- Understand the various types of engagement and collective action models
- Determine when collective action is helpful and necessary
- Learn how to prepare for and organize collective actions
This Guide focuses on water-related collective action; and it targets, but is not exclusive to, companies relatively new to external engagement on water issues. The Guide is designed to support the internal company discussion and analysis needed to define collective action needs and intentions in a manner that leaves the company well-prepared to initiate external-party discussions and collective action activities. Other parties—governments, nongovernmental organizations, and others—may also find the strategies and insights presented here to be useful even though they are not the primary audience for this publication.
This Guide positions collective action as coordinated engagement among interested parties within an agreed-upon process in support of common objectives. It acts as an invitation to, and a resource for, your company to engage in multi-party collaborative efforts that are the backbone of urgently needed progress on sustainable water management. Collective action can take a variety of forms, ranging from a relatively informal exchange of perspectives to highly structured processes of joint decision making, implementation, and accountability. A successful collective action will typically build from a shared sense of risk, responsibility, and benefit among interested parties, and the collective action process will emphasize joint, two-way dialogue that leads to stronger outcomes than those achievable through unilateral action.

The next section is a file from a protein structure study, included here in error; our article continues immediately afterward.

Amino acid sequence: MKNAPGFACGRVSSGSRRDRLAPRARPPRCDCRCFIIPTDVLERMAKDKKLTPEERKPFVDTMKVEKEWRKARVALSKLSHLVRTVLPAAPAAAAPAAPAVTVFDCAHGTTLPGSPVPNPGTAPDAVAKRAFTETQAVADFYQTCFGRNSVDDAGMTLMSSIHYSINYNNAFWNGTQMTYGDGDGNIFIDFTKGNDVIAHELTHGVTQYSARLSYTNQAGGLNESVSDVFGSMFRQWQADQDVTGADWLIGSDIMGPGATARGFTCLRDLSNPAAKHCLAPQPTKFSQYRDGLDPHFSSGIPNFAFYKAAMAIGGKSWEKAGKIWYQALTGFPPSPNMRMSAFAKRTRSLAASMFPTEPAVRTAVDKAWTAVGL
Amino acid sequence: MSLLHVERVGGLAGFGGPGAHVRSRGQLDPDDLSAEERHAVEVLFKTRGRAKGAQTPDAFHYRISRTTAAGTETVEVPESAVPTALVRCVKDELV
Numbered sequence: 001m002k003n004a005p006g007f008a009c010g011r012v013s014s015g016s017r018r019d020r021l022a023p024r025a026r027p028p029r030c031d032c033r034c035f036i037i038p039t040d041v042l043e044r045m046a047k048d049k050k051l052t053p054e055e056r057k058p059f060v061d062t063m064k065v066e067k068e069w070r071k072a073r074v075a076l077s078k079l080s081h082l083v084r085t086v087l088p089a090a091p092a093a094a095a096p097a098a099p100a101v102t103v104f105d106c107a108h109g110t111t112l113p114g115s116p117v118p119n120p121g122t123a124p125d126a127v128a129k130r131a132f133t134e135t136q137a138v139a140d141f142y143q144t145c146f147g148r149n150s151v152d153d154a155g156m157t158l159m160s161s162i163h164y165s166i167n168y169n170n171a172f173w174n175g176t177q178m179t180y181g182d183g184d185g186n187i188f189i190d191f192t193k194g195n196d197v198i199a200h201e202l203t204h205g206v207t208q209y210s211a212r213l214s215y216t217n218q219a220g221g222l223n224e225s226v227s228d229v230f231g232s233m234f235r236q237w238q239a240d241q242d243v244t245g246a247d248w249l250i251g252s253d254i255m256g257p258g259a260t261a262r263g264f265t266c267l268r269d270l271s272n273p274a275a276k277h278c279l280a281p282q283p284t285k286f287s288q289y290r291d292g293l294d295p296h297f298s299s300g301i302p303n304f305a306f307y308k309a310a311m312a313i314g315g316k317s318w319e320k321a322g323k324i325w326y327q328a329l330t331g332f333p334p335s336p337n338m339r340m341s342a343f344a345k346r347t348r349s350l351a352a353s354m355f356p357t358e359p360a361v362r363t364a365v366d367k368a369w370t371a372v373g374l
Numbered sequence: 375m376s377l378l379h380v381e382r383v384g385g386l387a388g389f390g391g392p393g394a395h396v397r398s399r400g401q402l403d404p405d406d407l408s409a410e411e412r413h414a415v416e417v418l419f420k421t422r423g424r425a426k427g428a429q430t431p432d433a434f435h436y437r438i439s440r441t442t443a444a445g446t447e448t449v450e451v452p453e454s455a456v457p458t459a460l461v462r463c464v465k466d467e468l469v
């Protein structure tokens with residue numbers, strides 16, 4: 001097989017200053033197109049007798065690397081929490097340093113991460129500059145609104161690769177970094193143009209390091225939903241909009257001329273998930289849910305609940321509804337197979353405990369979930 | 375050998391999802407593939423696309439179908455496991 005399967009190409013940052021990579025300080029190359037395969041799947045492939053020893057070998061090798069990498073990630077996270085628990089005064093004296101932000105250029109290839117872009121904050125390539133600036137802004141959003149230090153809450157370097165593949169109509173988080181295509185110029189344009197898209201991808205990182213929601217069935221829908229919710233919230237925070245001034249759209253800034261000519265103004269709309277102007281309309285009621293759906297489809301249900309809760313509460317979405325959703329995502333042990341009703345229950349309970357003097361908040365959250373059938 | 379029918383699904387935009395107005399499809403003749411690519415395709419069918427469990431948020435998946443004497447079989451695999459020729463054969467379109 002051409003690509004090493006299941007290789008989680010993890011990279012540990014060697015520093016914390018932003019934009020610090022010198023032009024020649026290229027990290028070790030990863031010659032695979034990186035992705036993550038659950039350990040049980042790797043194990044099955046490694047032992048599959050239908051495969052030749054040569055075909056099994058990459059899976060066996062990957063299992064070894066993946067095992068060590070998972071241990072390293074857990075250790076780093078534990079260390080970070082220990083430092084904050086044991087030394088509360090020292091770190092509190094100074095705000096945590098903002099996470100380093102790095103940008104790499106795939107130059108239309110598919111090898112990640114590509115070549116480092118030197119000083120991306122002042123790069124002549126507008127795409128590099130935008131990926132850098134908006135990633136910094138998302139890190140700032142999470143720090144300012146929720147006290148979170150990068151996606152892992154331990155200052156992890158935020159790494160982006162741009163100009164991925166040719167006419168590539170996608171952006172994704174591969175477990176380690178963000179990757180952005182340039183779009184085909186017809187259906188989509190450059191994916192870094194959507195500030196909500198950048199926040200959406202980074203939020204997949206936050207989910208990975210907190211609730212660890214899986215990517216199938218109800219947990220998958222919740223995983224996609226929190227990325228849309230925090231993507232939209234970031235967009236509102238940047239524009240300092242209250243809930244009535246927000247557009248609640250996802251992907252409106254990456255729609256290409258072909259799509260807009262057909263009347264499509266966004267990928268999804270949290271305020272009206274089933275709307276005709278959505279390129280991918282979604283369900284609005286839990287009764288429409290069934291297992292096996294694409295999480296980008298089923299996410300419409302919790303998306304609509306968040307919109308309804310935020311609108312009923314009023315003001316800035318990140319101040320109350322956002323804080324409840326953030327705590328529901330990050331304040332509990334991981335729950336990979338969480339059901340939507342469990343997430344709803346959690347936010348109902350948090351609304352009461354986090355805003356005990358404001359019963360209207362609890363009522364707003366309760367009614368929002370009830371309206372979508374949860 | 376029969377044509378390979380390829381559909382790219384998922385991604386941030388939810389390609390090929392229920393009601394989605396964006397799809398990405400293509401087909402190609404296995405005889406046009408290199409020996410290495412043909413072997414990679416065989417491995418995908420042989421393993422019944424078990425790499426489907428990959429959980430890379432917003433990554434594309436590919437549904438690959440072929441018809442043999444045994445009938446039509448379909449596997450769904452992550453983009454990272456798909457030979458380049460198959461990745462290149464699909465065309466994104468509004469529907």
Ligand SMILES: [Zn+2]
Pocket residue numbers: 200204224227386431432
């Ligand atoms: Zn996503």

This Guide will help a business effectively connect the water resource management challenges of importance to multiple parties and develop a collective action engagement that will best suit particular circumstances. It is structured around five elements of collective action preparation: 1) scoping the water challenges and action areas that collective action will address; 2) identifying and characterizing the interested parties on whom action areas critically depend; 3) embedding the challenges, action areas, and interested parties in a level of engagement that will optimize the effort and shared benefits of participants; 4) designing the collective action engagement; and 5) structuring and managing the collective action.